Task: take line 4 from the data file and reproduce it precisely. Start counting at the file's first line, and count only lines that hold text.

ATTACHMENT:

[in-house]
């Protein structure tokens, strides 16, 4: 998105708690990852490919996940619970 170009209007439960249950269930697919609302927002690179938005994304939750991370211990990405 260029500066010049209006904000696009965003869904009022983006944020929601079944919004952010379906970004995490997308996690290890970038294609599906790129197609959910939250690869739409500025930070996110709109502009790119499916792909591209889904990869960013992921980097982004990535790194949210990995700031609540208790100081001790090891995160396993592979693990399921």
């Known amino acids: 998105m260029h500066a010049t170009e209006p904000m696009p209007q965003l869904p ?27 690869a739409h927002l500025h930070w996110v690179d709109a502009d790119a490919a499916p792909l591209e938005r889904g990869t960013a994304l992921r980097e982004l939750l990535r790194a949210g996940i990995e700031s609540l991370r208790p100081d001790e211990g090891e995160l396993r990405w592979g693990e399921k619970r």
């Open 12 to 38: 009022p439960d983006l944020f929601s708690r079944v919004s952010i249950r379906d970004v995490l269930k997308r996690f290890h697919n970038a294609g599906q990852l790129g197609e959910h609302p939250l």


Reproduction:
């Open 12 to 38: 009022p439960d983006l944020f929601s708690r079944v919004s952010i249950r379906d970004v995490l269930k997308r996690f290890h697919n970038a294609g599906q990852l790129g197609e959910h609302p939250l």